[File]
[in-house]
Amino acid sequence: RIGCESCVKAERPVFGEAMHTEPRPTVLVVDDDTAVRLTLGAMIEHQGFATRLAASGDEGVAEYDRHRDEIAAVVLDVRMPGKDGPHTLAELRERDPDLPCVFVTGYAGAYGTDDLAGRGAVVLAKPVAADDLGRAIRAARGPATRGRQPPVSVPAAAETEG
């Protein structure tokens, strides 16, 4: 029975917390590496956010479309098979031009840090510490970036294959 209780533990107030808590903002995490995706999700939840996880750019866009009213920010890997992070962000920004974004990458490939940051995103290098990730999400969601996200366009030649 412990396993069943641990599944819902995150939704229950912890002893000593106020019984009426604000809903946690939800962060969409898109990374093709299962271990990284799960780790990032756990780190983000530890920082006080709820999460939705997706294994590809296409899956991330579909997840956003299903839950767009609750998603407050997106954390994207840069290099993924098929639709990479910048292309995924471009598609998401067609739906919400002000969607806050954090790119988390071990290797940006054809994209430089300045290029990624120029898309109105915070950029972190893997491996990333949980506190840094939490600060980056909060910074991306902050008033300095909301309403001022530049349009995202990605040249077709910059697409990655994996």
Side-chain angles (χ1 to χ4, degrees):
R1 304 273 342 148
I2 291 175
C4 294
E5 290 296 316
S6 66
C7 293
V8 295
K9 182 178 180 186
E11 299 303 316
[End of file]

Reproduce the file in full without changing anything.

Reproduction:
[in-house]
Amino acid sequence: RIGCESCVKAERPVFGEAMHTEPRPTVLVVDDDTAVRLTLGAMIEHQGFATRLAASGDEGVAEYDRHRDEIAAVVLDVRMPGKDGPHTLAELRERDPDLPCVFVTGYAGAYGTDDLAGRGAVVLAKPVAADDLGRAIRAARGPATRGRQPPVSVPAAAETEG
């Protein structure tokens, strides 16, 4: 029975917390590496956010479309098979031009840090510490970036294959 209780533990107030808590903002995490995706999700939840996880750019866009009213920010890997992070962000920004974004990458490939940051995103290098990730999400969601996200366009030649 412990396993069943641990599944819902995150939704229950912890002893000593106020019984009426604000809903946690939800962060969409898109990374093709299962271990990284799960780790990032756990780190983000530890920082006080709820999460939705997706294994590809296409899956991330579909997840956003299903839950767009609750998603407050997106954390994207840069290099993924098929639709990479910048292309995924471009598609998401067609739906919400002000969607806050954090790119988390071990290797940006054809994209430089300045290029990624120029898309109105915070950029972190893997491996990333949980506190840094939490600060980056909060910074991306902050008033300095909301309403001022530049349009995202990605040249077709910059697409990655994996």
Side-chain angles (χ1 to χ4, degrees):
R1 304 273 342 148
I2 291 175
C4 294
E5 290 296 316
S6 66
C7 293
V8 295
K9 182 178 180 186
E11 299 303 316